# Example post

# Week 1 Exercises

Today we will explore gender bias in natural language processing. We will learn about our first models to probe gender bias in word vectors. As a reminder, word vectors are a machine’s representation of a word, learned from reading a large corpus of text to understand the context that words are used in. For example, since the words “good” and “great” are used in similar contexts, they have similar word vectors!

These kinds of word vectors are used in everything from Google Search to Spotify recommendations, so if they are biased, this is a major problem.

Today we will be using GloVe vectors, which are a standard type of word vector used in a variety of real-world applications. These word vectors were trained on 6 billion word tokens, sourced from Wikipedia 2014 + Gigaword5. If you’re interested you can find more information here.

Run the below cell by highlighting it and typing Shift+Enter. This will import the required packages and download the GloVe vectors, which will take a few minutes.

```
import torchtext.vocab as vocab
import numpy as np
np.random.seed(42)
VEC_SIZE = 300
glove = vocab.GloVe(name='6B', dim=VEC_SIZE)
```

```
.vector_cache/glove.6B.zip: 862MB [03:05, 4.65MB/s]
100%|█████████▉| 399433/400000 [00:44<00:00, 8886.22it/s]
```

## Part 1

Below we have included a short helper function that retrieves the word vector for a given word.

```
def get_word_vector(word):
return glove.vectors[glove.stoi[word]].numpy()
```

Observe the results of this helper function below. Notice that we are outputting a numpy array of dimensionality (300,). This means that the output is a 300-dimensional vector.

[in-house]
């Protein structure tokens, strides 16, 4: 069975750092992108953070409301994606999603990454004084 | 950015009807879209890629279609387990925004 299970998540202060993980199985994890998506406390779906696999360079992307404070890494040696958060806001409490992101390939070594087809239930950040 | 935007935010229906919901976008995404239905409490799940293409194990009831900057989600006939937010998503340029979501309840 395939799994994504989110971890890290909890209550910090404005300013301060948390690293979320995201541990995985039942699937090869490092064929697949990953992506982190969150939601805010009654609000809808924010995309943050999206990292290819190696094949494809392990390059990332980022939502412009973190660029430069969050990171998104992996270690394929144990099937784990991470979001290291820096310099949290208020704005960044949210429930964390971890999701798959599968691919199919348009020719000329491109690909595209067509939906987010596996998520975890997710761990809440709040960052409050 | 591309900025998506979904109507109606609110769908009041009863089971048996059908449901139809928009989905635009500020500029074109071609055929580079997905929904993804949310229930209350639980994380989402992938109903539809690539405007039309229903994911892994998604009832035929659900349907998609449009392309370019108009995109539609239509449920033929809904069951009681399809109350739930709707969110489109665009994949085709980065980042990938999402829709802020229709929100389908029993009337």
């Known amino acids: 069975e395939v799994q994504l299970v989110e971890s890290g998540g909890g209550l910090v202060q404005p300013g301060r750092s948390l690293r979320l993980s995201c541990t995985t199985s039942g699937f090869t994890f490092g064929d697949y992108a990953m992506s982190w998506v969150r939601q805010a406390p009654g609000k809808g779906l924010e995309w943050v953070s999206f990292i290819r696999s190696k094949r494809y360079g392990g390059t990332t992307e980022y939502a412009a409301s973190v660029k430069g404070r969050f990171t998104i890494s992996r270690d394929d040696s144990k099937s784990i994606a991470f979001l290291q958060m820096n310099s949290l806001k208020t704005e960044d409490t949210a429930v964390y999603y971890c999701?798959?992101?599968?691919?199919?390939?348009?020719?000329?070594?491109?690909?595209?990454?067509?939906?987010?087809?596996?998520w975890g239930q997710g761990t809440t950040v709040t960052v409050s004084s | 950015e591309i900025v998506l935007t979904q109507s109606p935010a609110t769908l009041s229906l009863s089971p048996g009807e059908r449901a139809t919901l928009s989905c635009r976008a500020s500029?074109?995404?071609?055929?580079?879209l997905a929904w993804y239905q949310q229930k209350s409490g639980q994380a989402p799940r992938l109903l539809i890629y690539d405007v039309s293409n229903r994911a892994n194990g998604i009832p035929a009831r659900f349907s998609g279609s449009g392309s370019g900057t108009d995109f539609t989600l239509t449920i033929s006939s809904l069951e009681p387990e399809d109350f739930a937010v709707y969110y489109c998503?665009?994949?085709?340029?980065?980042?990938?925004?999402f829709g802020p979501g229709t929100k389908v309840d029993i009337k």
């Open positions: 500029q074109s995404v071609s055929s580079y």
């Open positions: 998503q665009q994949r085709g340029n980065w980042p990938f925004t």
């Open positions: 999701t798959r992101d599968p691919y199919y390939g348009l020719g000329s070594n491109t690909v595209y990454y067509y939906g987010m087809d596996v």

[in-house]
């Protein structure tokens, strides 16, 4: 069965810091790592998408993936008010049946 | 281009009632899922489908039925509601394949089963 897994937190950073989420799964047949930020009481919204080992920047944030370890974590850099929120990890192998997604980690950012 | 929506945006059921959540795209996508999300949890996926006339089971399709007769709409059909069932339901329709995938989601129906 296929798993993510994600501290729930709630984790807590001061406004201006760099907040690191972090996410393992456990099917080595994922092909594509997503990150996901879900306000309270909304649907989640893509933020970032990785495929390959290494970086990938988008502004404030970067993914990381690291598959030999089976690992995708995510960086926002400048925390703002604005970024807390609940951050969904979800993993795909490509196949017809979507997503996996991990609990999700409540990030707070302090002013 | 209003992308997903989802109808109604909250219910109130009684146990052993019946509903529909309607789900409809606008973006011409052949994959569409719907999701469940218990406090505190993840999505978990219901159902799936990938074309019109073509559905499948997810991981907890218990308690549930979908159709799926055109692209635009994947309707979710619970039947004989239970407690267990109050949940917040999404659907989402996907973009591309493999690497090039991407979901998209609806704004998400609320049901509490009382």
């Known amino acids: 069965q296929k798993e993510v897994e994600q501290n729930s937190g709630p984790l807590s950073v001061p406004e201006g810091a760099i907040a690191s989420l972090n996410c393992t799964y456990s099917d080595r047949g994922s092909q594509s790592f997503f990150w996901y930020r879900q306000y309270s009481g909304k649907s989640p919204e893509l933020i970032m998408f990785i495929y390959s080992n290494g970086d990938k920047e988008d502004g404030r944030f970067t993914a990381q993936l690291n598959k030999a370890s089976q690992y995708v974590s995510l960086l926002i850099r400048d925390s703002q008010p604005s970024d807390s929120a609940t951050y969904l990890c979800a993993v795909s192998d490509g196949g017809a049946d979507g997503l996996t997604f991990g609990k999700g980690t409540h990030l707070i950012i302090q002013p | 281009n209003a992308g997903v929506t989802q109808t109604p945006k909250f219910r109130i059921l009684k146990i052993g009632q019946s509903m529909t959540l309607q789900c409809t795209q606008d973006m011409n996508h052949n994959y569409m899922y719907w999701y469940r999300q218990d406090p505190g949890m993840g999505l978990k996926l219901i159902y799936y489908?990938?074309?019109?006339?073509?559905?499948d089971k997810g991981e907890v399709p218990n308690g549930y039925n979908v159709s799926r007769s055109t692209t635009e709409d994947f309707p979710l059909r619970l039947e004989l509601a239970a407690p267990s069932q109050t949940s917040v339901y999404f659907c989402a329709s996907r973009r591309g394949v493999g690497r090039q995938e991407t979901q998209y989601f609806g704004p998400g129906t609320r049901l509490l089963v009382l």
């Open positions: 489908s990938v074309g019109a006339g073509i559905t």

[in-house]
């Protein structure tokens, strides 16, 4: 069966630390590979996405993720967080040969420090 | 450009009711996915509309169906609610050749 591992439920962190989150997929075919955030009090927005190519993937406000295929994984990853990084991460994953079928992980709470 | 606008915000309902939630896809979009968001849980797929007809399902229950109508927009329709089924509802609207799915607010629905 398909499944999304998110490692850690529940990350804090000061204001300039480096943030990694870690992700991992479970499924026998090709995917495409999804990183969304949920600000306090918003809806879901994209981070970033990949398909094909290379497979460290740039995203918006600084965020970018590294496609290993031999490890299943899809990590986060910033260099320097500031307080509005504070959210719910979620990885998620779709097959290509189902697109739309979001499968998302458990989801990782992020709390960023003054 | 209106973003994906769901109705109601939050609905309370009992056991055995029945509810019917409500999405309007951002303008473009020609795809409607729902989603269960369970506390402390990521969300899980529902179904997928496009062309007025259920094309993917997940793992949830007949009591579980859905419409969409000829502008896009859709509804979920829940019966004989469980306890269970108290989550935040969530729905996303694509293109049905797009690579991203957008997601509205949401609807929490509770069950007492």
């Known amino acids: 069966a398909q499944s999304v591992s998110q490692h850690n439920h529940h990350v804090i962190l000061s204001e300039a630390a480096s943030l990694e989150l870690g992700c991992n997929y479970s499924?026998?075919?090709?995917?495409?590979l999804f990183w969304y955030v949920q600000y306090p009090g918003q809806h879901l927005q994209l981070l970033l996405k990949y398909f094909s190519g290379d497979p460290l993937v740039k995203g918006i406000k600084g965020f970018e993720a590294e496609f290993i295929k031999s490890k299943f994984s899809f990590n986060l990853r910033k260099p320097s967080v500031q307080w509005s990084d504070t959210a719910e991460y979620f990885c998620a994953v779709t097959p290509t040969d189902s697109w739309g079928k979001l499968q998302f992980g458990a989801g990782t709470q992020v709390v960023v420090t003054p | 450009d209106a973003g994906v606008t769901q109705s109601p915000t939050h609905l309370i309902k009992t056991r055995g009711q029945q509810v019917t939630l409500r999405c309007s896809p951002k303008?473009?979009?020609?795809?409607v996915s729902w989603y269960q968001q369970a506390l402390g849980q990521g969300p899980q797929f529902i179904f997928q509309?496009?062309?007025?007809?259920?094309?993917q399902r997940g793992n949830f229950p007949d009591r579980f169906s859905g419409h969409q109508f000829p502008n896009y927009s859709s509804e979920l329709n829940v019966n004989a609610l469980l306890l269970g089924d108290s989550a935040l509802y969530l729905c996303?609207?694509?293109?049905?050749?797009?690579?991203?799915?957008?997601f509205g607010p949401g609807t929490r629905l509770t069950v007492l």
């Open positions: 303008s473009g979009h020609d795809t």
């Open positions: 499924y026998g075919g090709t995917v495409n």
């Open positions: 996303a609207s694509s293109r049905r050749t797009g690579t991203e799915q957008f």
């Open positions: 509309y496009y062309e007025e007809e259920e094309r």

```
good = get_word_vector('good') # get the word vector for 'good'
print(good.shape)
```

`(300,)`

Below, use the above vector and the word vector for ‘great’ to determine the cosine similarity between ‘good’ and ‘great’. Do the same for ‘good’ and ‘human’ (two words that are less similar). You’ll need *np.linalg.norm* and *np.dot*.

```
great = get_word_vector('great') # YOUR CODE HERE
human = get_word_vector('human') # YOUR CODE HERE
def compute_cosine_similarity(a, b):
# YOUR CODE HERE:
return np.dot(a, b) / (np.linalg.norm(a) * np.linalg.norm(b))
# END CODE
print("Good-great similarity %f" % compute_cosine_similarity(good, great))
print("Good-human similarity %f" % compute_cosine_similarity(good, human))
```

```
Good-great similarity 0.641005
Good-human similarity 0.313640
```

**Expected output:**

Good-great similarity 0.641005

Good-human similarity 0.313640

Now, use our helper function to retrieve the “gender vector”, or the vector representing ‘woman’ minus the vector representing ‘man’ (woman - man).

```
# YOUR CODE HERE
man = get_word_vector('man')
woman = get_word_vector('woman')
gender_vector = woman - man
# END CODE
print('First value of gender vector: %f ' % gender_vector[0])
print('Shape of gender vector: ', gender_vector.shape)
```

```
First value of gender vector: -0.220370
Shape of gender vector: (300,)
```